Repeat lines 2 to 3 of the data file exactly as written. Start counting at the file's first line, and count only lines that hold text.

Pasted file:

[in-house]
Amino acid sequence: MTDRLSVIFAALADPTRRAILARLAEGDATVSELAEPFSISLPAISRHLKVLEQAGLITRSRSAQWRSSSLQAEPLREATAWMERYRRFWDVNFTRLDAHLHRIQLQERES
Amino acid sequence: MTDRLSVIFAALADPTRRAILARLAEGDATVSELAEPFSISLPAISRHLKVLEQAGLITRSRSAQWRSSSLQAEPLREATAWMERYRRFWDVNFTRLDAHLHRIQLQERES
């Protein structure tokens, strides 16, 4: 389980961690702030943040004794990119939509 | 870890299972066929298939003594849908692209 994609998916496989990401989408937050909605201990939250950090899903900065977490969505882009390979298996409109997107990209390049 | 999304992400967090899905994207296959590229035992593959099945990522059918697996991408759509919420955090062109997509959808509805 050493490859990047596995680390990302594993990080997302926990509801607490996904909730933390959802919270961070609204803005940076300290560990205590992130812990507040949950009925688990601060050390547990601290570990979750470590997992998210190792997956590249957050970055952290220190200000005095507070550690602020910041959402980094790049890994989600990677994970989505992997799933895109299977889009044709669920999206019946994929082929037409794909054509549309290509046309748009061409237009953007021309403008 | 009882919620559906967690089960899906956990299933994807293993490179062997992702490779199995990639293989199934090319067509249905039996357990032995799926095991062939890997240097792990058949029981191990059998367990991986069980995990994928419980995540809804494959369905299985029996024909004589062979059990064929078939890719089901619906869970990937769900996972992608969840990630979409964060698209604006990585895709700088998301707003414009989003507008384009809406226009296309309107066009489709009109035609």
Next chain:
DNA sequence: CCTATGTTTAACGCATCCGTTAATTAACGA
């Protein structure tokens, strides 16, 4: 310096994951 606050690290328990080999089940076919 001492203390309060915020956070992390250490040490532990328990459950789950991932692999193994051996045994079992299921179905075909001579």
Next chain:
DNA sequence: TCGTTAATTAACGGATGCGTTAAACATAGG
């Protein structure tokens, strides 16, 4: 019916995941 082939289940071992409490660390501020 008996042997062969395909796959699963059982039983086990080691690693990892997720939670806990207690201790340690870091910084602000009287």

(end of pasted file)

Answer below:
Amino acid sequence: MTDRLSVIFAALADPTRRAILARLAEGDATVSELAEPFSISLPAISRHLKVLEQAGLITRSRSAQWRSSSLQAEPLREATAWMERYRRFWDVNFTRLDAHLHRIQLQERES
Amino acid sequence: MTDRLSVIFAALADPTRRAILARLAEGDATVSELAEPFSISLPAISRHLKVLEQAGLITRSRSAQWRSSSLQAEPLREATAWMERYRRFWDVNFTRLDAHLHRIQLQERES